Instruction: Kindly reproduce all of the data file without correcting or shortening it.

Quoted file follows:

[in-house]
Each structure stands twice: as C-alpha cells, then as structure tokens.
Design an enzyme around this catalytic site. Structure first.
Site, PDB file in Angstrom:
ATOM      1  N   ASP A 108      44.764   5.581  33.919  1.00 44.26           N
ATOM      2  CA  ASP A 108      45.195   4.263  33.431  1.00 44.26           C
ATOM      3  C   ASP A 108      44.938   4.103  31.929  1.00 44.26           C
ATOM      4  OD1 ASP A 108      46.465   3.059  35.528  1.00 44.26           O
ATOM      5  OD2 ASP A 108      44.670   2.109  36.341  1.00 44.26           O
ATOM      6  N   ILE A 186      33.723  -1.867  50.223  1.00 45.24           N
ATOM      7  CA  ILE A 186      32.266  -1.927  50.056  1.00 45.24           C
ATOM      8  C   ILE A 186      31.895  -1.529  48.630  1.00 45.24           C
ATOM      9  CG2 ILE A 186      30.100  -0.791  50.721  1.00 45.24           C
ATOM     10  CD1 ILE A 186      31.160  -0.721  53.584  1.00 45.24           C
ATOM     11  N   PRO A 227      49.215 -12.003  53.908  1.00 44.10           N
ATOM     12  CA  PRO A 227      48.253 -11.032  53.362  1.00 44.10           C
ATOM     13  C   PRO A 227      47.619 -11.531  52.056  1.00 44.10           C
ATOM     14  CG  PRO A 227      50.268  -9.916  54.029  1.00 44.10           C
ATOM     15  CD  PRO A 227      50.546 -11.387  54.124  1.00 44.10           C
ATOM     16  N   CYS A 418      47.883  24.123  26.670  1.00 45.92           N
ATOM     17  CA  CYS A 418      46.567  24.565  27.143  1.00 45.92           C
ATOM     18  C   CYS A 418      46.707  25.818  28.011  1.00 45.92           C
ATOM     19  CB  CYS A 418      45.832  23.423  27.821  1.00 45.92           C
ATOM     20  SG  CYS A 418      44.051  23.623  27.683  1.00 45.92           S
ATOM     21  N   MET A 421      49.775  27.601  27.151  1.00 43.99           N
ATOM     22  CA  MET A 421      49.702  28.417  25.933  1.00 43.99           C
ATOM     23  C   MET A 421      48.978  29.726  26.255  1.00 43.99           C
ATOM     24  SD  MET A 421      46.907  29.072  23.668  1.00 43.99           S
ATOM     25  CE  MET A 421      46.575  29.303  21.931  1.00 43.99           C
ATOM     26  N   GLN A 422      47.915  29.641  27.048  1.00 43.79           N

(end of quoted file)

[in-house]
Each structure stands twice: as C-alpha cells, then as structure tokens.
Design an enzyme around this catalytic site. Structure first.
Site, PDB file in Angstrom:
ATOM      1  N   ASP A 108      44.764   5.581  33.919  1.00 44.26           N
ATOM      2  CA  ASP A 108      45.195   4.263  33.431  1.00 44.26           C
ATOM      3  C   ASP A 108      44.938   4.103  31.929  1.00 44.26           C
ATOM      4  OD1 ASP A 108      46.465   3.059  35.528  1.00 44.26           O
ATOM      5  OD2 ASP A 108      44.670   2.109  36.341  1.00 44.26           O
ATOM      6  N   ILE A 186      33.723  -1.867  50.223  1.00 45.24           N
ATOM      7  CA  ILE A 186      32.266  -1.927  50.056  1.00 45.24           C
ATOM      8  C   ILE A 186      31.895  -1.529  48.630  1.00 45.24           C
ATOM      9  CG2 ILE A 186      30.100  -0.791  50.721  1.00 45.24           C
ATOM     10  CD1 ILE A 186      31.160  -0.721  53.584  1.00 45.24           C
ATOM     11  N   PRO A 227      49.215 -12.003  53.908  1.00 44.10           N
ATOM     12  CA  PRO A 227      48.253 -11.032  53.362  1.00 44.10           C
ATOM     13  C   PRO A 227      47.619 -11.531  52.056  1.00 44.10           C
ATOM     14  CG  PRO A 227      50.268  -9.916  54.029  1.00 44.10           C
ATOM     15  CD  PRO A 227      50.546 -11.387  54.124  1.00 44.10           C
ATOM     16  N   CYS A 418      47.883  24.123  26.670  1.00 45.92           N
ATOM     17  CA  CYS A 418      46.567  24.565  27.143  1.00 45.92           C
ATOM     18  C   CYS A 418      46.707  25.818  28.011  1.00 45.92           C
ATOM     19  CB  CYS A 418      45.832  23.423  27.821  1.00 45.92           C
ATOM     20  SG  CYS A 418      44.051  23.623  27.683  1.00 45.92           S
ATOM     21  N   MET A 421      49.775  27.601  27.151  1.00 43.99           N
ATOM     22  CA  MET A 421      49.702  28.417  25.933  1.00 43.99           C
ATOM     23  C   MET A 421      48.978  29.726  26.255  1.00 43.99           C
ATOM     24  SD  MET A 421      46.907  29.072  23.668  1.00 43.99           S
ATOM     25  CE  MET A 421      46.575  29.303  21.931  1.00 43.99           C
ATOM     26  N   GLN A 422      47.915  29.641  27.048  1.00 43.79           N